2) Navigation source was set to Applanix SBET, and navigation was reviewed and edited as needed using the Navigation Editor tool.
3) GPS tide was computed using delayed heave data, the vessel water line, and a single datum value of 0 m (vertically referencing the data to the WGS 84 Ellipsoid).
4) Sound velocity correction was reapplied using the CARIS algorithm, the master SVP file containing all the sound velocity profiles collected during the survey and specifying the nearest in distance method, delayed heave source, and use surface sound speed.
5) Data were remerged selecting the GPS tide and delayed heave sources.
6) 2-m resolution SWATH surfaces using both the M and S files were created using the Swath Angle method and a maximum footprint of 9.
7) Additional editing was conducted using the swath and subset editors to minimize inconsistencies and artifacts, and the SWATH surface was recomputed to reflect the changes. Finally, small "no data" holidays were filled using the "Fill Raster Holiday" tool and a 5x5 cell filter using data from a minimum of 5 neighboring cells.
PROCESSSING STEP 3: EXPORT AND TRANSFORM TO NAVD 88.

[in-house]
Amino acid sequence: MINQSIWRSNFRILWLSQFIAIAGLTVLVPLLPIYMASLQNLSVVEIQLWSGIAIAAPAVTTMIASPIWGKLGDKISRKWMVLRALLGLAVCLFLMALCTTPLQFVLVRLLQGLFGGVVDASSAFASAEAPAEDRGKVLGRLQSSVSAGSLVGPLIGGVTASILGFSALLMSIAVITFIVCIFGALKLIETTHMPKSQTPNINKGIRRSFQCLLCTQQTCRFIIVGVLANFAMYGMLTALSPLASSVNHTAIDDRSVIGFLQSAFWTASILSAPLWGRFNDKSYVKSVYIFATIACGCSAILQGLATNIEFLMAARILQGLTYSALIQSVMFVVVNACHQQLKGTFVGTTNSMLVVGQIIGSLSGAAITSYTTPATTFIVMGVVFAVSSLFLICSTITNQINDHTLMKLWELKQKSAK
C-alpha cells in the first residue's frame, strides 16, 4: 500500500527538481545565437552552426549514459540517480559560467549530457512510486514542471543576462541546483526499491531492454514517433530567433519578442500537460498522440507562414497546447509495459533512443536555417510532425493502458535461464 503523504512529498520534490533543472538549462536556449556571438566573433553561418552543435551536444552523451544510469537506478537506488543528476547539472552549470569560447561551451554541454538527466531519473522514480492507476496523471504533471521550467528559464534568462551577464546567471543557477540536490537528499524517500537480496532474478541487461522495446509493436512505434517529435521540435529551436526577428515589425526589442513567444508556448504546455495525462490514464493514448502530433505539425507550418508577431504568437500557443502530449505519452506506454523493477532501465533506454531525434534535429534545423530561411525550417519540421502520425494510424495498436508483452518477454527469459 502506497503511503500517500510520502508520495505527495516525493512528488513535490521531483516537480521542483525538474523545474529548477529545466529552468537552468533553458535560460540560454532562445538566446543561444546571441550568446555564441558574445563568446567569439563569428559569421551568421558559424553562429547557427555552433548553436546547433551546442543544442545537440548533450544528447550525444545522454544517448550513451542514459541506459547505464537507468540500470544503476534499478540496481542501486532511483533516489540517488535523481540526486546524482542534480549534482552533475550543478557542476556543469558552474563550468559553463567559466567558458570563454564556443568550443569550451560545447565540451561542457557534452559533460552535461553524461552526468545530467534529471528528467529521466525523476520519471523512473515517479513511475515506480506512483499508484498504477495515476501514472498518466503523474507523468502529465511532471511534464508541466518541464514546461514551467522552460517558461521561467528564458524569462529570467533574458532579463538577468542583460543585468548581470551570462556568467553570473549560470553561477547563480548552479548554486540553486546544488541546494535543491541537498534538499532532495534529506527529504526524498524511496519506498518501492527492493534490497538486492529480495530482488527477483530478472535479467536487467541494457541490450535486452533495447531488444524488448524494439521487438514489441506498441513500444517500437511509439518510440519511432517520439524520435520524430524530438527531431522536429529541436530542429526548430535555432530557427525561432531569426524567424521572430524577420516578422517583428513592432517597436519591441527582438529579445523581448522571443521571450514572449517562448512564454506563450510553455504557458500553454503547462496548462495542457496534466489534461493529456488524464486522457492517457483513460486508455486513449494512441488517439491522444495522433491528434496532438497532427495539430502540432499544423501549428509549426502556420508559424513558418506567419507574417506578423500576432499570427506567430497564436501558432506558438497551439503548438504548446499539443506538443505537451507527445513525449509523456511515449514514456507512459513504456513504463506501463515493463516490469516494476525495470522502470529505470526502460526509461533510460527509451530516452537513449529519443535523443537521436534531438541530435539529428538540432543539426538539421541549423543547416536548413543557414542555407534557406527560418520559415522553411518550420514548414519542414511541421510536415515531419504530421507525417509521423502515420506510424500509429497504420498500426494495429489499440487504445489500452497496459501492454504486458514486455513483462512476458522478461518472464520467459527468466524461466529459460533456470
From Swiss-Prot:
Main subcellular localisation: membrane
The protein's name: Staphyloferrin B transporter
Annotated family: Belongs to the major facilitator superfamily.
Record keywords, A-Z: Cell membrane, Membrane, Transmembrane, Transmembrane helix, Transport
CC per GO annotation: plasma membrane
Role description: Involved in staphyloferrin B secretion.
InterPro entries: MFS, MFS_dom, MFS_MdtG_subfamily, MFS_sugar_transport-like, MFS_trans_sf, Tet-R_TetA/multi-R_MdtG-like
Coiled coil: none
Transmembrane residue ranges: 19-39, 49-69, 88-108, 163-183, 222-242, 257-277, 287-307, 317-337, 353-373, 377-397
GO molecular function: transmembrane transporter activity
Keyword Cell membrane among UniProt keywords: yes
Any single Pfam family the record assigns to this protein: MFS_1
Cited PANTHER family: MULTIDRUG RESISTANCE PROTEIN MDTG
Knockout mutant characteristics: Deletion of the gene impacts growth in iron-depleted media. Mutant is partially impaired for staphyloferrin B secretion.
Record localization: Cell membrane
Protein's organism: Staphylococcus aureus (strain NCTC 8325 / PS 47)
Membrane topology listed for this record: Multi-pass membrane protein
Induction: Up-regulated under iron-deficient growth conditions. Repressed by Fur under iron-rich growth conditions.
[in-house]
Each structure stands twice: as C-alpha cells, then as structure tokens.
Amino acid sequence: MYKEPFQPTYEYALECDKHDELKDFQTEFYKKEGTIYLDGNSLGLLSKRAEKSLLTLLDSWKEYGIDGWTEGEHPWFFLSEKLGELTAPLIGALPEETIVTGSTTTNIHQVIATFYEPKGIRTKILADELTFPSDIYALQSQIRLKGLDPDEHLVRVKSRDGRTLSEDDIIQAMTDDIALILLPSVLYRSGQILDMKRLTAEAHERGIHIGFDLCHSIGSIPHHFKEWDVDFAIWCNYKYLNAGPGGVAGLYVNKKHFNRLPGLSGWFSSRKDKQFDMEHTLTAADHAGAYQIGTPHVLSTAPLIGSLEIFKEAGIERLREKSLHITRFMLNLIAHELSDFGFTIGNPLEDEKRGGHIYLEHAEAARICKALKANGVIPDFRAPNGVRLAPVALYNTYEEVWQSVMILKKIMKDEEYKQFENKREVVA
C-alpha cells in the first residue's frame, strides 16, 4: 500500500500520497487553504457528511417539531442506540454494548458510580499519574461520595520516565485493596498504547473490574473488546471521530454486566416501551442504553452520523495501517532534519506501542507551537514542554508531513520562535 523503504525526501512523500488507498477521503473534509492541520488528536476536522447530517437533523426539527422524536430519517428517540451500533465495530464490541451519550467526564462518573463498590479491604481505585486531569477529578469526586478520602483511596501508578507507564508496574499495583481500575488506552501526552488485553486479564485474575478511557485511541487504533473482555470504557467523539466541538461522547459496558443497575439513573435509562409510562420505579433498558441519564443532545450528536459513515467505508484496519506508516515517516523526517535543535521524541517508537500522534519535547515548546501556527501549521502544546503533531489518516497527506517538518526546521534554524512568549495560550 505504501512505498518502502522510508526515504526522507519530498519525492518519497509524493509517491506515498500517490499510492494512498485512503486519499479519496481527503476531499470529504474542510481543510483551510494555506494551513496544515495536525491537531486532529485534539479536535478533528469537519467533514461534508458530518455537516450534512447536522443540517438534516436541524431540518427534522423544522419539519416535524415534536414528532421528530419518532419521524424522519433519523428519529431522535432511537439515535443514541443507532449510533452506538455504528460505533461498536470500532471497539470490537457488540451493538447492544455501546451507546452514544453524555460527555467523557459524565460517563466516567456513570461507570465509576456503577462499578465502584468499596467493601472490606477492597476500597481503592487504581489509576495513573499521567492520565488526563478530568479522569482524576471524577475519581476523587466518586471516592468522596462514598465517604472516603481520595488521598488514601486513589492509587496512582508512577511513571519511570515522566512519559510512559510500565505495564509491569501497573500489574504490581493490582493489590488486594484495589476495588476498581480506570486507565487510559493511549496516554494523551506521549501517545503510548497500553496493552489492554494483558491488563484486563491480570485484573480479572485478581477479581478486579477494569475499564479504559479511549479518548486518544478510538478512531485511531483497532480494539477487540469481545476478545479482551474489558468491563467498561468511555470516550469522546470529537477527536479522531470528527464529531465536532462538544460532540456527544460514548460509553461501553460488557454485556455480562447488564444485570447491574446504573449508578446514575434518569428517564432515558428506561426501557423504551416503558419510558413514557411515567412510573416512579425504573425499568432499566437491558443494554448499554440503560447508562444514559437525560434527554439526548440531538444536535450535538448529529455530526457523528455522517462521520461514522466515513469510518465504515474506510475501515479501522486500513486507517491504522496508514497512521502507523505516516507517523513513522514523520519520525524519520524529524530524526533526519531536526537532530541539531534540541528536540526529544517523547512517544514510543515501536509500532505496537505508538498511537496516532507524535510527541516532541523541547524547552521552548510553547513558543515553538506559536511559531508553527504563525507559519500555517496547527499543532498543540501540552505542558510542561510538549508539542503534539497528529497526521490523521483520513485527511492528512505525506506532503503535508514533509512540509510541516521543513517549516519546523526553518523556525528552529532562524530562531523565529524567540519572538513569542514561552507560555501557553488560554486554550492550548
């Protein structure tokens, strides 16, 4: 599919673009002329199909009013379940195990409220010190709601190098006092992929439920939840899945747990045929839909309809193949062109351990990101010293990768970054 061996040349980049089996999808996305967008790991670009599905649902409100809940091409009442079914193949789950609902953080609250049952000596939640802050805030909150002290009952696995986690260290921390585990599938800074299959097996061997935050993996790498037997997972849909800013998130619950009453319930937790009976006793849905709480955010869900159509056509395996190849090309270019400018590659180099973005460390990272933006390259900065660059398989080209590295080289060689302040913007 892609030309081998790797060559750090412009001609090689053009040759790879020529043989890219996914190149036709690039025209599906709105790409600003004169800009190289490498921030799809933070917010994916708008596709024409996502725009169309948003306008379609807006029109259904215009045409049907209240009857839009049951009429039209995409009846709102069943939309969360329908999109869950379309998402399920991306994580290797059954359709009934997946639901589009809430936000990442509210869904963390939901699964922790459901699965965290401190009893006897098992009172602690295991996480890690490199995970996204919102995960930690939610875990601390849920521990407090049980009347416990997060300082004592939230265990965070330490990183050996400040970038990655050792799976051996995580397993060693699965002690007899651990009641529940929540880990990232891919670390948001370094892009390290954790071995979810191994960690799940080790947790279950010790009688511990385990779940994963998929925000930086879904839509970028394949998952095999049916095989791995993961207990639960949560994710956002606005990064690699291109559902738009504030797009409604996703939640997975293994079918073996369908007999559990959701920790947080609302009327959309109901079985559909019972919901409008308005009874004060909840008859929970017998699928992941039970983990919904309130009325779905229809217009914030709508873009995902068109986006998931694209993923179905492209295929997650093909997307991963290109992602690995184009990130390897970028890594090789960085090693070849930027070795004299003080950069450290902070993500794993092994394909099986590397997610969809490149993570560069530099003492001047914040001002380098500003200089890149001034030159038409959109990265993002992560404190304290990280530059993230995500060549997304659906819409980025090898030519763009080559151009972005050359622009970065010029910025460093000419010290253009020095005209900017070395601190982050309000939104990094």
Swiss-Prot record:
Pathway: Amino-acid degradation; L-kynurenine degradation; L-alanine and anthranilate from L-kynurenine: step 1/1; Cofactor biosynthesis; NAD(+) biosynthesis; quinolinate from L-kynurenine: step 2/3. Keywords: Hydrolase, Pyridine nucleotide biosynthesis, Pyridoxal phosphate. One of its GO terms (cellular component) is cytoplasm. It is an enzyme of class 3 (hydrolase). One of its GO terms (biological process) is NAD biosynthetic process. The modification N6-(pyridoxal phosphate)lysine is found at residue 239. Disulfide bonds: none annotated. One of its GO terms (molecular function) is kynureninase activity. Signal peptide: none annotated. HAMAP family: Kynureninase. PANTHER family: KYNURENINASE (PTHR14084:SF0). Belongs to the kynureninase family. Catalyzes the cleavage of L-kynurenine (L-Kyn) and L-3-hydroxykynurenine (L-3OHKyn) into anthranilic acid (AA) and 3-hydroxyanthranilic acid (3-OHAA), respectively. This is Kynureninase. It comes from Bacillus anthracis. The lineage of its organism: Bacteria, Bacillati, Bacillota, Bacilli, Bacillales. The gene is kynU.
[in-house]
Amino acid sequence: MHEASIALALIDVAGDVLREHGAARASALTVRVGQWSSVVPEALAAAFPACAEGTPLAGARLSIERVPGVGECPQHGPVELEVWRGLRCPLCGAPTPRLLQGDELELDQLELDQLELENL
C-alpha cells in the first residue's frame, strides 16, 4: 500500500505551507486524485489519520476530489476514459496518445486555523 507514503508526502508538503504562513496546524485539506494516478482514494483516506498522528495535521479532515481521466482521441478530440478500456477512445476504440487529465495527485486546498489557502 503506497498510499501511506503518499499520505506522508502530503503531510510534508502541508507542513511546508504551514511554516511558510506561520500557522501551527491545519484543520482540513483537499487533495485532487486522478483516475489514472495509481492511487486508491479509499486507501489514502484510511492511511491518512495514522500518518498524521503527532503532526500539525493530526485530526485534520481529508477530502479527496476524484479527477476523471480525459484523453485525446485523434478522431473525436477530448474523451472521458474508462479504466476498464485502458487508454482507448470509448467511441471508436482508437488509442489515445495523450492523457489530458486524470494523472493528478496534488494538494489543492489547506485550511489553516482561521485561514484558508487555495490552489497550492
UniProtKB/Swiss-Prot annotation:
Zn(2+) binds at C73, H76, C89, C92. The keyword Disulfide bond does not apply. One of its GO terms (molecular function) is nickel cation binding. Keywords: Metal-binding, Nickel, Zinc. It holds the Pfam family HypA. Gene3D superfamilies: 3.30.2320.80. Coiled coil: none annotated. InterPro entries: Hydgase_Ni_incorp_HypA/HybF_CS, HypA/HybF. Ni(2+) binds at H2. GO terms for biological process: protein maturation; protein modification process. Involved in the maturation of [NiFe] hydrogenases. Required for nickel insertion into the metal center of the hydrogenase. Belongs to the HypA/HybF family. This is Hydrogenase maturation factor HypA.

The CARIS HIPS SWATH surfaces were exported as 2-m per pixel ASCII files referenced to UTM Zone 12N, WGS 84 and WGS 84 ellipsoidal heights, but the desired vertical datum of the final composite bathymetric surface was the North American Vertical Datum of 1988 (NAVD 88). The National Oceanic and Atmospheric Administration's Vertical Datum Transformation tool (VDatum v. 3.8) was used to achieve that goal. The process required transformation of the horizontal and vertical reference frames from UTM Zone 12, WGS 84 and WGS 84 ellipsoidal heights to UTM Zone 12, North American Datum of 1983 (NAD 83) and NAVD 88 orthometric heights (all in meters) using the GEIOD12B geoid model. The resulting ASCII rasters were merged together into one 32-bit floating point GeoTIFF (2017-049-FA_T20PBathymetry_2m.tif.) using the "Mosaic to New Raster" tool within ArcMap (v. 10.3.1).
Added keywords section with USGS persistent identifier as theme keyword.
Contact_Organization: U.S. Geological Survey
Contact_Position: Marine Geologist
Contact_Person: VeeAnn A. Cross
Address_Type: Mailing and Physical
Contact_Voice_Telephone: 508-548-8700 x2251
Address: 384 Woods Hole Road
City: Woods Hole